Germs Right at Home in American Houses
Americans Rank High for Hygiene Habits Despite Germy Kitchens, Bathrooms
WebMD News Archive
Findings for Homes in the U.S. continued...
The council was formed in 2006 as a disease-fighting initiative involving public health experts worldwide. The global swab-down was sponsored by Reckitt Benckiser, maker of Lysol brand products, with the goal of identifying dirty spots and offering recommendations to help people make household items cleaner.
The study results “show that certain areas in our homes are being neglected when it comes to hygiene,” says the Laura Jana, MD, of the Hygiene Council. “For example, cleaning with a dirty cloth or not thoroughly washing hands will simply spread bacteria rather than kill harmful organisms. And when someone has been sick, this can be detrimental to the entire household.”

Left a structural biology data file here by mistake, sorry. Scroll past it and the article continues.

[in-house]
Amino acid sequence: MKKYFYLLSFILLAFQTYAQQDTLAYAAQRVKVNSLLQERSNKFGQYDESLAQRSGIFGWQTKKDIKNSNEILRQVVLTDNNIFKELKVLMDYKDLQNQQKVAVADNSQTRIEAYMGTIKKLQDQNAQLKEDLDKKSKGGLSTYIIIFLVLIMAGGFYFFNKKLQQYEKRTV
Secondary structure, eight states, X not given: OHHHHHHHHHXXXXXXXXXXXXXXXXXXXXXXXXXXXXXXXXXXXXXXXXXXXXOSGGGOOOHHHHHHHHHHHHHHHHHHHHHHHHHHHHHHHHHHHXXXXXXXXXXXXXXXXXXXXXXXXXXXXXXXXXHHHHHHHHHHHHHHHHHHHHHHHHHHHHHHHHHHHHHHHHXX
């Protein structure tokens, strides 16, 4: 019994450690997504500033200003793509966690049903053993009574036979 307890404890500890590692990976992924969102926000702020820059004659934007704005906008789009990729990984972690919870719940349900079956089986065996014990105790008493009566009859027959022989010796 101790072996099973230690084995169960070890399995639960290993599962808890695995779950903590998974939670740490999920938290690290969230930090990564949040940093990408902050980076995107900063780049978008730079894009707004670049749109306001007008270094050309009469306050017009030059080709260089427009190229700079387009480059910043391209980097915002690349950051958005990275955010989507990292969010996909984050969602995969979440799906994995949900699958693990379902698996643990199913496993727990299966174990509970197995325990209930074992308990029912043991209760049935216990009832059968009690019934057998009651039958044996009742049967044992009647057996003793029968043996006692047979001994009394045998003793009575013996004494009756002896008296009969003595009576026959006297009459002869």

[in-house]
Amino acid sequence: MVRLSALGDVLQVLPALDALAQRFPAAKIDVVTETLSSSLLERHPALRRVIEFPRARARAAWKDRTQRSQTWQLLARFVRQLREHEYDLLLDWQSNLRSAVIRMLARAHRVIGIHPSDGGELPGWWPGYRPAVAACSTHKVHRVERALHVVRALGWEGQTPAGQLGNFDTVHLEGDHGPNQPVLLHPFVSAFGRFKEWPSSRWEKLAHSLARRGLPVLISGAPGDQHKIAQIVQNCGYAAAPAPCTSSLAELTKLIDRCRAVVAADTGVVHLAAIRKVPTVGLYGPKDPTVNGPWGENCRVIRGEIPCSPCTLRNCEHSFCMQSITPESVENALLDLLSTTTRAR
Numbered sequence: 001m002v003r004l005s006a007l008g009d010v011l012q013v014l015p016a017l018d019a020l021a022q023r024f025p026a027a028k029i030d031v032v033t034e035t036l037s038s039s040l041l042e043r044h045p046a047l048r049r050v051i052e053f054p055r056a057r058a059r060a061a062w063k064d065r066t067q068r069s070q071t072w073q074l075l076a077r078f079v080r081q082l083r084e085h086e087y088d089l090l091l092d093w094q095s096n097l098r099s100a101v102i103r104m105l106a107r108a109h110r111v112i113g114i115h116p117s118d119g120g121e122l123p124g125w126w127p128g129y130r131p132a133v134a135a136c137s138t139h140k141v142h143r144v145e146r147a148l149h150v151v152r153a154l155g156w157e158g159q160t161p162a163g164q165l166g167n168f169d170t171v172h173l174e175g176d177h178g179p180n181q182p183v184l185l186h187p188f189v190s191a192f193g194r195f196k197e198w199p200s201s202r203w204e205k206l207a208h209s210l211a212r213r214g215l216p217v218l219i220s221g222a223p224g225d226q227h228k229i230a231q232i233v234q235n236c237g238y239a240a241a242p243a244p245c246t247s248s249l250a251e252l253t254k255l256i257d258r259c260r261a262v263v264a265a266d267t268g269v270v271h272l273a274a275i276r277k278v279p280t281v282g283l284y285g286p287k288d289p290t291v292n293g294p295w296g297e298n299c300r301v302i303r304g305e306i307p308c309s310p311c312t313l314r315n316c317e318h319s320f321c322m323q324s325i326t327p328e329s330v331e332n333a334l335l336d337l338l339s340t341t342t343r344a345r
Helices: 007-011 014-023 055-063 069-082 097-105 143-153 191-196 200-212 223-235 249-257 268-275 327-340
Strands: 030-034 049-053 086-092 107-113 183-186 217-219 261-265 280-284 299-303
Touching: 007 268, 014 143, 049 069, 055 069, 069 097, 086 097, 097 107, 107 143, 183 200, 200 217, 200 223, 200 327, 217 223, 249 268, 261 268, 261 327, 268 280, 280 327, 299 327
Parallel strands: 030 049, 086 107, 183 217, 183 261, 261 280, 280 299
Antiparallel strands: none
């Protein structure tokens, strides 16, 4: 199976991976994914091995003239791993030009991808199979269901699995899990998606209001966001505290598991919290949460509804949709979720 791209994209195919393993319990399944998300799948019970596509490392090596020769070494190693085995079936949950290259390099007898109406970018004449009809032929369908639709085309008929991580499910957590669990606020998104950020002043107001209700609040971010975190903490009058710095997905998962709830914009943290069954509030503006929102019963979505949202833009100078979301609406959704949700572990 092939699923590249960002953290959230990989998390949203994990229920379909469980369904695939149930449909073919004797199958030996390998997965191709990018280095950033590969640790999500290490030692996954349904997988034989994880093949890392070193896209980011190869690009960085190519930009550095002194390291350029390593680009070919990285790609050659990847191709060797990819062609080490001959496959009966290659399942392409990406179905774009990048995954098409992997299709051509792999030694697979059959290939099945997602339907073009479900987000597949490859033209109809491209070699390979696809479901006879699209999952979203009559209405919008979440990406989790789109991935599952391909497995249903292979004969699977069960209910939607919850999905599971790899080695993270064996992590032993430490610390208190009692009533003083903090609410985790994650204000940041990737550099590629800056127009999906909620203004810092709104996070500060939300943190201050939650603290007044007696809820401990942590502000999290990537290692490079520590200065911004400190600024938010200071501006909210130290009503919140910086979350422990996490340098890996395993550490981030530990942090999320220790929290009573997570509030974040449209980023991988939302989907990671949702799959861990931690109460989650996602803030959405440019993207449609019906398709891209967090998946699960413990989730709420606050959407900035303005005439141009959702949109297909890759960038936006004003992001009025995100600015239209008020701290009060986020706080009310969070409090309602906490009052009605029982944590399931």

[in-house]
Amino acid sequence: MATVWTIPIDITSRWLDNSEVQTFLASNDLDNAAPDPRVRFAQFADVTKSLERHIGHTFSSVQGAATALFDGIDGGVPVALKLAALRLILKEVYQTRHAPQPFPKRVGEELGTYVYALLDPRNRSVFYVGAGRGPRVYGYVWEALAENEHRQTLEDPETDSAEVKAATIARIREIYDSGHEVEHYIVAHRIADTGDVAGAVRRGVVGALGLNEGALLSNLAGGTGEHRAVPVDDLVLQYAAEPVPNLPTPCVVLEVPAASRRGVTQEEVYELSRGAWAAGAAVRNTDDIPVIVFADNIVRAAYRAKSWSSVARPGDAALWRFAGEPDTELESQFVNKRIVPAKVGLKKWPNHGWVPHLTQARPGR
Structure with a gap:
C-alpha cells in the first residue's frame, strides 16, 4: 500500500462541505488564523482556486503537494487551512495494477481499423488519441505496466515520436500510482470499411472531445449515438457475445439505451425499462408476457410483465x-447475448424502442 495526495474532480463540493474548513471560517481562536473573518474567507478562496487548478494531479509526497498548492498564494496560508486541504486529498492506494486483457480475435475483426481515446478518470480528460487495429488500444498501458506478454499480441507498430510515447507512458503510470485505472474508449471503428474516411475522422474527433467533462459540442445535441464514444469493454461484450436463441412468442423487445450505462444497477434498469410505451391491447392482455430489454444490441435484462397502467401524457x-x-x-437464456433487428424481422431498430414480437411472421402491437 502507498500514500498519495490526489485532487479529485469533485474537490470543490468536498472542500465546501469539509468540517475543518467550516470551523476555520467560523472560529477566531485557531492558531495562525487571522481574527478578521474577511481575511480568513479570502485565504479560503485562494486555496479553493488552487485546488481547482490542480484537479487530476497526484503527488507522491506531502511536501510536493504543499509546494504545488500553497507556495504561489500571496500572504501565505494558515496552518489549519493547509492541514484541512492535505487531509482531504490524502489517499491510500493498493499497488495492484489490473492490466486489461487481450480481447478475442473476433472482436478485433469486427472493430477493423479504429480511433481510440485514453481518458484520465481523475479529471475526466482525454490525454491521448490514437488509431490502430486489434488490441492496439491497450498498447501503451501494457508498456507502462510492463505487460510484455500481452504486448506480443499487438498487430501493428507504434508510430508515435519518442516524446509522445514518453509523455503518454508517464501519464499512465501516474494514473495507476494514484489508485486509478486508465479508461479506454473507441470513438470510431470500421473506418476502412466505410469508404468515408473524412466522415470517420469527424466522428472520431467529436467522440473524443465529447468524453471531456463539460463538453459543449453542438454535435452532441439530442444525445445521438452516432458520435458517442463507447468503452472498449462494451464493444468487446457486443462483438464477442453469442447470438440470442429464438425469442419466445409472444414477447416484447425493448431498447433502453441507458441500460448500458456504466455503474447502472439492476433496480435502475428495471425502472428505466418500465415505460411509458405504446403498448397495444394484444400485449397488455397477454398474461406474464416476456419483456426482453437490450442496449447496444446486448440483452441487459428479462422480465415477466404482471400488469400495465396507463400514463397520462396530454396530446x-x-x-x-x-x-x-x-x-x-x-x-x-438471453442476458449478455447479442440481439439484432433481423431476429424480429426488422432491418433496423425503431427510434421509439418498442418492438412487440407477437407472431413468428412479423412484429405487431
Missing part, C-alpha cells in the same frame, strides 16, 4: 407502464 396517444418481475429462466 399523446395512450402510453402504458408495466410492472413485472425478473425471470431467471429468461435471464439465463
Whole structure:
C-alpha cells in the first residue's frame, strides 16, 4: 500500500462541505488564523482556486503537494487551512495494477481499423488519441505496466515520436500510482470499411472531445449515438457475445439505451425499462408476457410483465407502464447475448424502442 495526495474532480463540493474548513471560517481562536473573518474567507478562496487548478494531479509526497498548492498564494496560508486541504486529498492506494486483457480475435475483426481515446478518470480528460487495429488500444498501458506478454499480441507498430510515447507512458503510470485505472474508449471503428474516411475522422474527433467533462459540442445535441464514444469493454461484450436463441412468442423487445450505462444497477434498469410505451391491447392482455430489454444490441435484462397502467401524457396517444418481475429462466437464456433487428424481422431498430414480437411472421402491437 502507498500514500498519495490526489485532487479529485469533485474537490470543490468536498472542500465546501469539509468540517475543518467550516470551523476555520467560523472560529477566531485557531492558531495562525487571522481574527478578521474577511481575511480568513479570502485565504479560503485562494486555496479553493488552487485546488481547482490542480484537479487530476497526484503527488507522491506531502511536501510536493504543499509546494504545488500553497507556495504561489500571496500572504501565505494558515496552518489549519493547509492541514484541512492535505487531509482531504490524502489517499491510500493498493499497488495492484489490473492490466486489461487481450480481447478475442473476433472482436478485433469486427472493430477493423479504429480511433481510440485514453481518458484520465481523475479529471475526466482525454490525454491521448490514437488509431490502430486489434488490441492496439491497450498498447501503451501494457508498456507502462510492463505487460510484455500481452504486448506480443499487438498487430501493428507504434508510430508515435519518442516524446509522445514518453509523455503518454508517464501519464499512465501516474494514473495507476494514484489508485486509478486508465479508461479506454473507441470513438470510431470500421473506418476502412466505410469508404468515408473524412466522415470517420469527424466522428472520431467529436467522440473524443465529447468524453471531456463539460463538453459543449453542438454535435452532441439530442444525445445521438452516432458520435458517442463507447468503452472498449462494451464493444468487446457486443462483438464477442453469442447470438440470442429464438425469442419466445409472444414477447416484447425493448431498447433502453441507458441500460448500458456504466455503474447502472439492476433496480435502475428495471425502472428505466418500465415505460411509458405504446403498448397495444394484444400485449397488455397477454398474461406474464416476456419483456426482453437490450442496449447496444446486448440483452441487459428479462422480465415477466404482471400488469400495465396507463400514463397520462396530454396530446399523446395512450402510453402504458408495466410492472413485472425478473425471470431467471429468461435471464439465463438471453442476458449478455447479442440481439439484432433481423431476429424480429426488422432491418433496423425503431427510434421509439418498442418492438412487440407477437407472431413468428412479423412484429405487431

The global analysis also found that:
- India and Saudi Arabia had the dirtiest kitchen towels. Households in the U.S. and Germany had the cleanest.
- Saudi Arabia and India had the dirtiest teapot (or coffee pot) handles. Handles in the U.S. and Canada were the cleanest.
- Saudi Arabia had the dirtiest computer keyboard and mouse surfaces, followed by Malaysia and Germany.
- 6% of baby stroller handles worldwide were found to be heavily contaminated. South Africa had the dirtiest.
The council offered a number of recommendations for killing germs or at least for fighting harder against them. These include:
- In the bathroom, more cleaning may be needed for the bathroom seals. A mold and mildew remover is needed on a regular basis to keep mold spores at a minimum.
- Dirty kitchen towels should be washed at high temperatures -- above 140 degrees F to kill bacteria, or consider using an antibacterial laundry aid. Keep kitchen towels dry and do not use them for drying hands or washing children’s faces.
- Wash hands regularly and thoroughly.